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What is the differences between epic theatre (Brecht), and realistic theatre...
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Epic theater calls attention to its own staging and in many ways disrupts the illusion that is created in the theater. The plot may tend to be more episodic, with clear ruptures and visible (not hidden) scene changes. The stage design may be minimal and may include space, for example, for people to walk around with signs that challenge or even insult the audience. I remember reading in my German literature classes about signs that Brecht would use saying things such as "Don't stare so stupidly!" The net effect -- the Verfremdungseffekt, or "alienation effect" -- is to force the audience to be active thinkers, not passive recipients of a storyline.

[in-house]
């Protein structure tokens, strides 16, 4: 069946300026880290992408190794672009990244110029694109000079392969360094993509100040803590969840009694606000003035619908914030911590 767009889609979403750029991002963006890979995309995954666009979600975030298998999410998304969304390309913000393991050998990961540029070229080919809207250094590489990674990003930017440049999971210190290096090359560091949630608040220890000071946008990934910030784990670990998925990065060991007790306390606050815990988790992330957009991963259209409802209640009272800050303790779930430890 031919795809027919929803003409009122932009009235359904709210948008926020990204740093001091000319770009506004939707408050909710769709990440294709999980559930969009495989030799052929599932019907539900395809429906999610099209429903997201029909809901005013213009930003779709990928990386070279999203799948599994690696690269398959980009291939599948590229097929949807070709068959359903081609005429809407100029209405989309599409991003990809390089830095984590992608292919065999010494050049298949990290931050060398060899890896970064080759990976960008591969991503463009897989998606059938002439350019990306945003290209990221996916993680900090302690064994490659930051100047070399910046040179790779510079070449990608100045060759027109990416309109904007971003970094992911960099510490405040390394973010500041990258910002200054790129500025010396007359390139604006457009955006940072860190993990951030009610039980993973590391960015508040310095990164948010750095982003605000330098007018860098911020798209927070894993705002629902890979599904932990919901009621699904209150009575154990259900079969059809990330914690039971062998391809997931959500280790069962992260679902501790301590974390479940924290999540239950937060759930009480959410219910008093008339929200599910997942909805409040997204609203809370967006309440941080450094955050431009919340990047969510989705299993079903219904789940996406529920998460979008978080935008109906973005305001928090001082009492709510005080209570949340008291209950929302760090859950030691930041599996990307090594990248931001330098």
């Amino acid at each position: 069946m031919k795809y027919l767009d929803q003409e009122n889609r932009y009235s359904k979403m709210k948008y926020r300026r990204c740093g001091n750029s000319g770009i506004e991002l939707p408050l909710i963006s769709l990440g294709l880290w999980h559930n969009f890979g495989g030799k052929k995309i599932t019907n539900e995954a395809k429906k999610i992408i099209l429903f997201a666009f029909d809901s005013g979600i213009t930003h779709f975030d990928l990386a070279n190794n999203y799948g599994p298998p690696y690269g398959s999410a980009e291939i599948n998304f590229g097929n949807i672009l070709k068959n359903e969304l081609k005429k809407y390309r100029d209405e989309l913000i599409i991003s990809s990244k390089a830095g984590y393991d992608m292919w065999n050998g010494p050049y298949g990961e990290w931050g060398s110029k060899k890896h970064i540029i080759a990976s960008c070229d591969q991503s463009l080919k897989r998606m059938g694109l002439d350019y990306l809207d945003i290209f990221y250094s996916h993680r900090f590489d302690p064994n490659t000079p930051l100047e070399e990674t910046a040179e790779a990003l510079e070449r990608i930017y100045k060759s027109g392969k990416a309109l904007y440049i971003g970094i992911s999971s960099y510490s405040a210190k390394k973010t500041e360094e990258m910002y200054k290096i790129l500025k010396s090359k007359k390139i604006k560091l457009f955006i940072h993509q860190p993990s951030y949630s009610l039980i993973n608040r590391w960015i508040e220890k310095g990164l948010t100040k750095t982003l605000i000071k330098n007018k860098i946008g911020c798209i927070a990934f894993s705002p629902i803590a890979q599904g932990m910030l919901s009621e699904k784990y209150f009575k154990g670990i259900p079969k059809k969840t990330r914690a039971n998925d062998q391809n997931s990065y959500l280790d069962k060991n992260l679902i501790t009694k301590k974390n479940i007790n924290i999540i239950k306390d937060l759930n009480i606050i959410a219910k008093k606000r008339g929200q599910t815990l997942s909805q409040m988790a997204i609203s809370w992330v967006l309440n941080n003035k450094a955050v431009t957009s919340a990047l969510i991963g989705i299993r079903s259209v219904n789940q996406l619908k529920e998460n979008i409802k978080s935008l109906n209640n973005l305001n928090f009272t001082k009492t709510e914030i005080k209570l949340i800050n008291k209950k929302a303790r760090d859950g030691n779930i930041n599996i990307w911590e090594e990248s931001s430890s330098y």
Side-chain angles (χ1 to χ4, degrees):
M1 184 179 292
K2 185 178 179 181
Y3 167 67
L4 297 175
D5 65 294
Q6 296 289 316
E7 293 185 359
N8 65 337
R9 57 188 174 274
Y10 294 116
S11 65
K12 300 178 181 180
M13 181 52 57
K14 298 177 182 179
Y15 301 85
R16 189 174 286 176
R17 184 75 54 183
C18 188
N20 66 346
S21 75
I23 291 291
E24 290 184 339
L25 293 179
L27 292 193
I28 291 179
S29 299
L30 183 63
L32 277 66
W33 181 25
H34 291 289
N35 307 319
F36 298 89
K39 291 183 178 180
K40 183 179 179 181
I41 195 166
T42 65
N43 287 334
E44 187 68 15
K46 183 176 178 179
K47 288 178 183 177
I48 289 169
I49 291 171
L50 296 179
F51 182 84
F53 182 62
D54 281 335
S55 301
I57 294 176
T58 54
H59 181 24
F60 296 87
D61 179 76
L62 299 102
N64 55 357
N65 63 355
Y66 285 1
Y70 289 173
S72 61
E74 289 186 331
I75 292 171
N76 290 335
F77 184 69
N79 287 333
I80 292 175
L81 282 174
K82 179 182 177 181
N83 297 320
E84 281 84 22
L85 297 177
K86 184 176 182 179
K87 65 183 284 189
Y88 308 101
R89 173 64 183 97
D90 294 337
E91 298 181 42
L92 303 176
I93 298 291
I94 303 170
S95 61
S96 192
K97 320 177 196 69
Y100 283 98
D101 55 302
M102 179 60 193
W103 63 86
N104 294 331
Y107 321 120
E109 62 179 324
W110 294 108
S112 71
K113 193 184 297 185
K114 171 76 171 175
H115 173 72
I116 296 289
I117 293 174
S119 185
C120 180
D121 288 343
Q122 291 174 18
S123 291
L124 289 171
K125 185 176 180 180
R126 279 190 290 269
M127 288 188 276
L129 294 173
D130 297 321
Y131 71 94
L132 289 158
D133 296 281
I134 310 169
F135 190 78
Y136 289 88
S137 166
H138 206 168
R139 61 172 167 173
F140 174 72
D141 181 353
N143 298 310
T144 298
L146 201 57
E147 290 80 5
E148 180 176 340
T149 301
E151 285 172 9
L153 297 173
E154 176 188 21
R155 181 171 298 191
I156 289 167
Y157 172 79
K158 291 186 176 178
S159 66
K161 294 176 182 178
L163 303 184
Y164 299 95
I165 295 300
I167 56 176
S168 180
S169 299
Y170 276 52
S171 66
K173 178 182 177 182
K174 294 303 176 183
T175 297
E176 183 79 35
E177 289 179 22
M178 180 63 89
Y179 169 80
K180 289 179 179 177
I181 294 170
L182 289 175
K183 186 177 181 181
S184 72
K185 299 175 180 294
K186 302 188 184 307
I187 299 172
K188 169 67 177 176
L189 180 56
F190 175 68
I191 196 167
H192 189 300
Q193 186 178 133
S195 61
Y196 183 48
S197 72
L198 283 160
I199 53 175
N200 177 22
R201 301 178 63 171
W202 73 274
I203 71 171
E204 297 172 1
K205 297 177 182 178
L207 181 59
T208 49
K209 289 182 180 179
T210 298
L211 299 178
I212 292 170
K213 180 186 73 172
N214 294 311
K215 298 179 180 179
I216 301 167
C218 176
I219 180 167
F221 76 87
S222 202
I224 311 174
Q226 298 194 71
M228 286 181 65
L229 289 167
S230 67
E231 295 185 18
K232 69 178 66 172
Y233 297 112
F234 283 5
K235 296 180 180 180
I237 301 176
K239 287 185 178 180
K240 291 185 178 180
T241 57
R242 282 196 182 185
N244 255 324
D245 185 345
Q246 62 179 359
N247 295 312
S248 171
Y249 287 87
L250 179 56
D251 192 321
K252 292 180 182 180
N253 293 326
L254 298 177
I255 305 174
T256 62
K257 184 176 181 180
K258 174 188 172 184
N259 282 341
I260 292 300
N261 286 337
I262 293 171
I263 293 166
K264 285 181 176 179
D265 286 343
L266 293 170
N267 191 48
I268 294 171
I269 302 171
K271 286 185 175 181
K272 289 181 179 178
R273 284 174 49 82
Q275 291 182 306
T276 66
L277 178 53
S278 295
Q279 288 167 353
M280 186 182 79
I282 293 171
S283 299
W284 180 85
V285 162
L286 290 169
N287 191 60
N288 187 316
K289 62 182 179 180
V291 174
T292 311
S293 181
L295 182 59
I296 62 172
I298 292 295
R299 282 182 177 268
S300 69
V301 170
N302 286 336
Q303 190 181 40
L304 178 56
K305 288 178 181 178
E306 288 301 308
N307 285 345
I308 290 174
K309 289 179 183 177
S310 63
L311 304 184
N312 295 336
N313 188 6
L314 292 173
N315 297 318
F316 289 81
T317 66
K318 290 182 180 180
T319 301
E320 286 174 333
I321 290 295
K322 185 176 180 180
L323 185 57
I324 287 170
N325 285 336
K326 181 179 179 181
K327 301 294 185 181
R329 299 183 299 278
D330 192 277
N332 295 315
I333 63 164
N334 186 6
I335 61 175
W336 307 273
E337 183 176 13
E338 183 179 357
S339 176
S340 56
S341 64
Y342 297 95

Realistic theater generally strives to create and maintain an illusion of reality throughout the performance. The sets may be simply, but they are generally treated as real, authentic spaces (such as the living room of Ibsen's A Doll's House). Like epic theater, realistic theater may have a strong message that it wishes to convey and a political agenda of its own, but it often also tries to reach the audience through emotional connections.
EDIT: Brecht's signs (see the link below) actually said "Glotzt nicht so romantisch!" or "Don't stare so romantically." My memory's not perfect, so I thought I had better check my facts.
Posted by jk180 on January 12, 2010 at 9:27 AM (Answer #1)
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